“They all have their own piece they focus on,” Allen says, “There’s one down south that focuses on helping firefighters because first responders have to be able to build as a team and work together in stressful situations.”
And though her own emphasis had centered on special needs populations, Allen has started to expand her reach. She recently hosted a group of camp counselors who wanted to better connect with their newer, more diverse group of campers, including those with behavioral challenges and those on the autism spectrum. Allen especially wants to work more with corporate teams interested in professional development.
“A group of car salesmen reached out because they kept losing customers after the initial meetings,” Allen says. “As it turns out, some of the younger employees were finding that they were spending too much time on their phone and their focus and attention weren’t on the customer, whereas the older sales reps were more personable and had those relationship-building skills. And that all came out with the boys. They weren’t able to establish the connection in the session. So, we took the observations and applied it to the real world: If you’re talking to someone and you’re fidgeting or you don’t look them in the eye or you’re not focused, the person is going to feel like they aren’t valued or worth your time. They’re not going to want to work with you, just like the horses didn’t.”
When I joke that her programs might even be good for couples, Allen agrees wholeheartedly. “Yes, it can benefit anyone!”
How does it all work? Those interested in booking a HorsePowerment session can sign up directly through their website, horsepowerment.net. From there, depending on the type of program (personal development and wellbeing, corporate leadership or youth development, for example) you’re interested in, Allen will ask participants to fill out a simple, confidential questionnaire so she can plan and customize the upcoming session to the individual or group’s needs.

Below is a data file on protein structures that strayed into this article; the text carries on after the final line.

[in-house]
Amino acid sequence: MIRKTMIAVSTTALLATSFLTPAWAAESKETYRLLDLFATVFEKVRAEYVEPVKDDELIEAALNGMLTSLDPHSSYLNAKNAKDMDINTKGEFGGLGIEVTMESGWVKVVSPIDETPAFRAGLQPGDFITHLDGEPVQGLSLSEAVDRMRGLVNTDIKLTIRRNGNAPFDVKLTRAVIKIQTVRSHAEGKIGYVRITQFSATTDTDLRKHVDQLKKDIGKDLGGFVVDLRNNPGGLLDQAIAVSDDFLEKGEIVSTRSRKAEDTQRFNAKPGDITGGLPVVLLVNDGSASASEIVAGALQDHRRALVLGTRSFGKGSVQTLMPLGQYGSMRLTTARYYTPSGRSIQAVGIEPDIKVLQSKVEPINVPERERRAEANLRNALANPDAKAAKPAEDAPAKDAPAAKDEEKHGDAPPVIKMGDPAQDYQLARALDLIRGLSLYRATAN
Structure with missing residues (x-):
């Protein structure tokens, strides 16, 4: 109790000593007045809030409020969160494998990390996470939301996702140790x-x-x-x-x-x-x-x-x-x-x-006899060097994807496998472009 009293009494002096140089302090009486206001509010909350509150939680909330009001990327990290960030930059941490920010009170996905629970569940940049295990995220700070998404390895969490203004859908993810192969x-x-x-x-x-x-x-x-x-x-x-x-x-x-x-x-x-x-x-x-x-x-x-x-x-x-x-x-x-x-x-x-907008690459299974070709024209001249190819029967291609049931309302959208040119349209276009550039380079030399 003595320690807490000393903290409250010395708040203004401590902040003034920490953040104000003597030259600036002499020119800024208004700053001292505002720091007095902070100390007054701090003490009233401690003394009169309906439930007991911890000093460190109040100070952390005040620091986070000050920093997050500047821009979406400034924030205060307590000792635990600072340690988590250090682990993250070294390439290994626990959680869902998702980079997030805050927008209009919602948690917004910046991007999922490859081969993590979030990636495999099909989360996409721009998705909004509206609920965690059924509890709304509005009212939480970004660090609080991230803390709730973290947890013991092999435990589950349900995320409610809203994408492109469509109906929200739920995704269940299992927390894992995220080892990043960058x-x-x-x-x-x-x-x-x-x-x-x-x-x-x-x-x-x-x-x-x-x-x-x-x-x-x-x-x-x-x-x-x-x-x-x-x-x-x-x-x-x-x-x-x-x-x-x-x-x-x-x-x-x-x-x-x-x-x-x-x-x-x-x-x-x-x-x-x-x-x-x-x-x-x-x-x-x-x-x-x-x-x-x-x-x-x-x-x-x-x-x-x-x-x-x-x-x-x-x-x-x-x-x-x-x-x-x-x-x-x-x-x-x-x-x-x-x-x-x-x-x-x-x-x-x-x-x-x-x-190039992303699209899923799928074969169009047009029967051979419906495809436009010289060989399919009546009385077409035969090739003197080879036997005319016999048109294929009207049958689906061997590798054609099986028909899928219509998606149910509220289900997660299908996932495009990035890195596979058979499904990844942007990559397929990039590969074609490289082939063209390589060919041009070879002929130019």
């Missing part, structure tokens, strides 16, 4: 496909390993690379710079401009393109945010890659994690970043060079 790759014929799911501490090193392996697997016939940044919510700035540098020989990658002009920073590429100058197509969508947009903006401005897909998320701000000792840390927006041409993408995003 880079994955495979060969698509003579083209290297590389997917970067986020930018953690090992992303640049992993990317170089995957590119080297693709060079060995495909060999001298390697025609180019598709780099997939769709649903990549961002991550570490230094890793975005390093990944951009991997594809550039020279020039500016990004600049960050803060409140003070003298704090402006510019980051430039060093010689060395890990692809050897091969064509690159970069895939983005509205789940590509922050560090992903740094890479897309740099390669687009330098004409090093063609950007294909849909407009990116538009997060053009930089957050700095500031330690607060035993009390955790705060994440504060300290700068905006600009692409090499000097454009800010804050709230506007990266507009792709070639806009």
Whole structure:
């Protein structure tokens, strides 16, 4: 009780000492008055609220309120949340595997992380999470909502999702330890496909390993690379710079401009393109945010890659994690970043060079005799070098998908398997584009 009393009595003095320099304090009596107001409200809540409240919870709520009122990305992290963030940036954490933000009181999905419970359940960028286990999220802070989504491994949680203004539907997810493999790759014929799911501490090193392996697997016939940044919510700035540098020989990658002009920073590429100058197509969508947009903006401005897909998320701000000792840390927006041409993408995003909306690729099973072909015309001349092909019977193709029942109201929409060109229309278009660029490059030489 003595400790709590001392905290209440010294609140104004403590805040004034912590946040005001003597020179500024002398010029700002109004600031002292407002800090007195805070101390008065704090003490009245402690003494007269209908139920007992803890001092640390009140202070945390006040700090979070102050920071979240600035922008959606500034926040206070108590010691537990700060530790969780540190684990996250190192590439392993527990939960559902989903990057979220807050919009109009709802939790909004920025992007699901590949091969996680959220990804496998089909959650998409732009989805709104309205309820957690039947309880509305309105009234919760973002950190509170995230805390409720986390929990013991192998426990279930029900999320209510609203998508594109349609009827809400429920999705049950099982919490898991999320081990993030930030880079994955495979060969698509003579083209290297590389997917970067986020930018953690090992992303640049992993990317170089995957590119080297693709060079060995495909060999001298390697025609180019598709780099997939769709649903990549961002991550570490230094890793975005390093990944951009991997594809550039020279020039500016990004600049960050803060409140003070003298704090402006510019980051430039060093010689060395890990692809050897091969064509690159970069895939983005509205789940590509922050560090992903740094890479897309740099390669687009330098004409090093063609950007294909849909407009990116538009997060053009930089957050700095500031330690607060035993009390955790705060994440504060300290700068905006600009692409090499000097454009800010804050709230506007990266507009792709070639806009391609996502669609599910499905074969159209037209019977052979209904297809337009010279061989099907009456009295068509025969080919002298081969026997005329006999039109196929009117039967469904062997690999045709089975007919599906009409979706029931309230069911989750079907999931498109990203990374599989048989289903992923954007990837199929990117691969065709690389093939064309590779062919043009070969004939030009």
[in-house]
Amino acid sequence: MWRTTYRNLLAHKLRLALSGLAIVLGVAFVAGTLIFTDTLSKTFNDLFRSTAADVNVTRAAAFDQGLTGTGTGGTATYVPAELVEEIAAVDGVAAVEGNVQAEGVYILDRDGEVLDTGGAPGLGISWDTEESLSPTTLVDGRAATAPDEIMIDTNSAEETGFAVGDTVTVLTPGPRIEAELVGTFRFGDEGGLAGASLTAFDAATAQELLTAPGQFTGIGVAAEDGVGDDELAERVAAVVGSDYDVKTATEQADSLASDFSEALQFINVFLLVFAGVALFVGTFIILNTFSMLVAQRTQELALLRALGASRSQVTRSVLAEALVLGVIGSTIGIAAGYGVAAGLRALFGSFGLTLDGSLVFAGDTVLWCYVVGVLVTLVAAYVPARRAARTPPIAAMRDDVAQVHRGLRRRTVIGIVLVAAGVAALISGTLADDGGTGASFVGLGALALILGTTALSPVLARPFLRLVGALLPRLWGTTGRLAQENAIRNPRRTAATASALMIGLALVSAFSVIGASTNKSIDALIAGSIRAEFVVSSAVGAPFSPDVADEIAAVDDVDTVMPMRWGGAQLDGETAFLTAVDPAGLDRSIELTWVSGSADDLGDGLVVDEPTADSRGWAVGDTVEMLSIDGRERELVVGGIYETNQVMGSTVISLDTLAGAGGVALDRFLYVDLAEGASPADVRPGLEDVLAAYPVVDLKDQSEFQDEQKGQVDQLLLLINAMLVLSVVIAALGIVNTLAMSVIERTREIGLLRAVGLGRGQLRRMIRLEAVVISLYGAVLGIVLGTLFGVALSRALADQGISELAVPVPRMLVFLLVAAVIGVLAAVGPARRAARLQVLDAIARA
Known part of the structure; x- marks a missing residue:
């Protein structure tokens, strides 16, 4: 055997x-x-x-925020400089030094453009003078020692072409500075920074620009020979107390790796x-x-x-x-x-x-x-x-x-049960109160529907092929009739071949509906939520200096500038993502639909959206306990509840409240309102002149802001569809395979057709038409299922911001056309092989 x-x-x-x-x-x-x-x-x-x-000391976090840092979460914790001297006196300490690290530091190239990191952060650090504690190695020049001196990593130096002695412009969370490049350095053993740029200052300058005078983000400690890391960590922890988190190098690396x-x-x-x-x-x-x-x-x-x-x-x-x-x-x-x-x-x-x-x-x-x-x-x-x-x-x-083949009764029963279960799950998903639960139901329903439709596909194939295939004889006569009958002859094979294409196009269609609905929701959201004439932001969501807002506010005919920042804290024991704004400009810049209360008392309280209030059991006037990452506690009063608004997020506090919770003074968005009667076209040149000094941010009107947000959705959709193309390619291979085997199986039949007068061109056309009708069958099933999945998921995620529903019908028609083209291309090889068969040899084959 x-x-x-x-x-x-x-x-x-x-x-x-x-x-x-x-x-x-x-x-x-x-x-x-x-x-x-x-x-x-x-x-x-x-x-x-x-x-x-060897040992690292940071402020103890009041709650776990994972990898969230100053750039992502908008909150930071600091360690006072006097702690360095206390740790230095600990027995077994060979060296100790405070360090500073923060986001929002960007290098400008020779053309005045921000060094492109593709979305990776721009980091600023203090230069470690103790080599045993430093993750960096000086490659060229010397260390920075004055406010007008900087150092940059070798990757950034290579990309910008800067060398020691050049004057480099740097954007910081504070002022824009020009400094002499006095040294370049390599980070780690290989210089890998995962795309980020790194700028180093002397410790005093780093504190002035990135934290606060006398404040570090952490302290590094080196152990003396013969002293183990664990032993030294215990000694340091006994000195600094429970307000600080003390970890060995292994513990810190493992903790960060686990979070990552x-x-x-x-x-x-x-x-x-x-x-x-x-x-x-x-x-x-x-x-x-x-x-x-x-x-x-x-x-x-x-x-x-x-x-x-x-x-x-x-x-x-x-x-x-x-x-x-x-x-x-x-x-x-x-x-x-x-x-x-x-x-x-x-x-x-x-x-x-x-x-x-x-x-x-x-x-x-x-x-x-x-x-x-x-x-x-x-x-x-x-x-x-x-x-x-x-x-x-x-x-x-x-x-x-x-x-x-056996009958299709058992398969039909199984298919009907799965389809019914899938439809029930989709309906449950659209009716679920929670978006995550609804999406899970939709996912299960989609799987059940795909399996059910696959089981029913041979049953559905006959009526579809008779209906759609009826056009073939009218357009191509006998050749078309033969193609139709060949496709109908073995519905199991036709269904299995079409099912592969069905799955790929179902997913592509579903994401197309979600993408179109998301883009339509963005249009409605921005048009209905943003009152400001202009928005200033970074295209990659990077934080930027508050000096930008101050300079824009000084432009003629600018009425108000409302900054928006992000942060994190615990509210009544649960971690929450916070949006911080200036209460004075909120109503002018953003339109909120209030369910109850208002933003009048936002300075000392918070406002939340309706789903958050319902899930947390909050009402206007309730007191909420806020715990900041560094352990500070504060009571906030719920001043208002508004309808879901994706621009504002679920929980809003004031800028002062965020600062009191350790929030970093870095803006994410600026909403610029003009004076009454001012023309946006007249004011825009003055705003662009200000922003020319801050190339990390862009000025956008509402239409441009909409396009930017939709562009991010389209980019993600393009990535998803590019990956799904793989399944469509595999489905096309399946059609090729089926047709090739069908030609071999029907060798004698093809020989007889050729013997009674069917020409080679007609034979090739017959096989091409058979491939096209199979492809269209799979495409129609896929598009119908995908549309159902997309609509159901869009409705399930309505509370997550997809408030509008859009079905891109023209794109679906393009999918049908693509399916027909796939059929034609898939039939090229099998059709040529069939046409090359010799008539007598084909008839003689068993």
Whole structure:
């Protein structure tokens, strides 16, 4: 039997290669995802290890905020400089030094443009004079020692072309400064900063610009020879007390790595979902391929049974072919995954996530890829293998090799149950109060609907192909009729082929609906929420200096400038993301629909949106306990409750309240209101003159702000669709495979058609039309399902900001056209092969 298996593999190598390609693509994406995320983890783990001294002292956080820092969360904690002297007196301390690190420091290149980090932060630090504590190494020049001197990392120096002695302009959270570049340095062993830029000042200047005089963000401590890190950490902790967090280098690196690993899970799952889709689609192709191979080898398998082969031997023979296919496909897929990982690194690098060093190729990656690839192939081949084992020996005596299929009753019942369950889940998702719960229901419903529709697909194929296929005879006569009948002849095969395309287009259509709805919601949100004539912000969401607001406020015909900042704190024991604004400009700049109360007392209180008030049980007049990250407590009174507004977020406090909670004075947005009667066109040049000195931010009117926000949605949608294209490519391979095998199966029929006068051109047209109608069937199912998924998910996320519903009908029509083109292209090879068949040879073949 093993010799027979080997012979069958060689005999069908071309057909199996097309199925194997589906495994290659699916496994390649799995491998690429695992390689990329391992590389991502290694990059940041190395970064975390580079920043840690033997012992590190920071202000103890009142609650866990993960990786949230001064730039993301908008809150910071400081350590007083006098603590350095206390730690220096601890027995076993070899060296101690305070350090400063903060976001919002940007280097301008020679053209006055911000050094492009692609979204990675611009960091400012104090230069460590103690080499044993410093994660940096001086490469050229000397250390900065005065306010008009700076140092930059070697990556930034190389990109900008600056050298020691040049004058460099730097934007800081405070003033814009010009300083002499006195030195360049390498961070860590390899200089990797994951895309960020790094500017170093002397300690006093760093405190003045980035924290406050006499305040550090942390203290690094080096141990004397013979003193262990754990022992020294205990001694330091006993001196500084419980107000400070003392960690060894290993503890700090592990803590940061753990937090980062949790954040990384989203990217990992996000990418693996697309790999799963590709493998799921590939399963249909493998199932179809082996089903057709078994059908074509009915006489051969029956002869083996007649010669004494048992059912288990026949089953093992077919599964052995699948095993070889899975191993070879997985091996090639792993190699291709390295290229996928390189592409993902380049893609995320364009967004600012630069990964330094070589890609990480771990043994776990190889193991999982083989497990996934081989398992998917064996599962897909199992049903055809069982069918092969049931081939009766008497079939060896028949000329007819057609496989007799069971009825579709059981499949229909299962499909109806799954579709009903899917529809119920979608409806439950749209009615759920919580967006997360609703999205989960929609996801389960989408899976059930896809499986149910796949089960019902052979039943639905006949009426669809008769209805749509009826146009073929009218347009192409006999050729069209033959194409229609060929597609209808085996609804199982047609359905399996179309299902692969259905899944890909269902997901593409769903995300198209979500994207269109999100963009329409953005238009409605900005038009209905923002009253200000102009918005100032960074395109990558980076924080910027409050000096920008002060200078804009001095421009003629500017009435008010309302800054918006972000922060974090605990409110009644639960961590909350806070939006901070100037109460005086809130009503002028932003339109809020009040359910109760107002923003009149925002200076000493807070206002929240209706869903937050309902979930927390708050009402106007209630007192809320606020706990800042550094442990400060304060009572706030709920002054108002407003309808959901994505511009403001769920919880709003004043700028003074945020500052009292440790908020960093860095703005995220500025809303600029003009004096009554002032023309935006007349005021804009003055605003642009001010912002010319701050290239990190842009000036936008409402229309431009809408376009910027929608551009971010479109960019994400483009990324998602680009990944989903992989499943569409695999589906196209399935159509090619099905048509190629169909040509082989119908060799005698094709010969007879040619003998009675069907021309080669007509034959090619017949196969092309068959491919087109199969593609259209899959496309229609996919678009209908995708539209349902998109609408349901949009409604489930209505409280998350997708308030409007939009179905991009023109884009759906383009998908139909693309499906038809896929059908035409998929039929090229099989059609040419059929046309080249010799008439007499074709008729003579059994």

She shows me an example of an agenda for a corporate session, which takes up half a workday (“Most like to schedule it in the morning, but we’re flexible,” she says). The agenda kicks off with getting to know the horses, and then leads into a sit-down review of what the participants can expect that day. The group will go over a summary of the questionnaire results and everyone involved will come up with one to three goals they’d like to achieve through the program (i.e. learning to delegate or building up confidence).
She also highlights the importance of horse communications and safety (read: how to avoid startling a horse). Then it’s time for an activity.
One example is “Balls in the Air.” In this exercise, five people usually participate, with one person hanging back, taking notes, while the other four interact with the horse. Two stand at the front to lead while the other two stand on either side and hold three grapefruit-sized balls (labelled with team goals) each against the horse’s flanks. Together, the four must successfully navigate a winding obstacle course without dropping any of the balls. The target? Assessing the group’s ability to employ creative problem solving, prioritization, teamwork and effective communication.
Afterwards, Allen and the group will go over what happened during the activity, what worked and what didn’t, and how the observations and skills can apply to the real world or, more specifically, in the workplace. They then break for refreshments before engaging in another activity with the horses. Finally, the group will do a recap to identify the day’s takeaways, assess any achievements and finalize an action plan for moving forward.
Sounds way more fun than your typical professional development day sitting in a conference room, right?
“We’re hoping businesses will turn it into an annual outing,” Allen says. “We usually have repeat visits with all of our other participants. Once they come out here, they want to come back. Because every time you visit, you’re learning something about yourself.”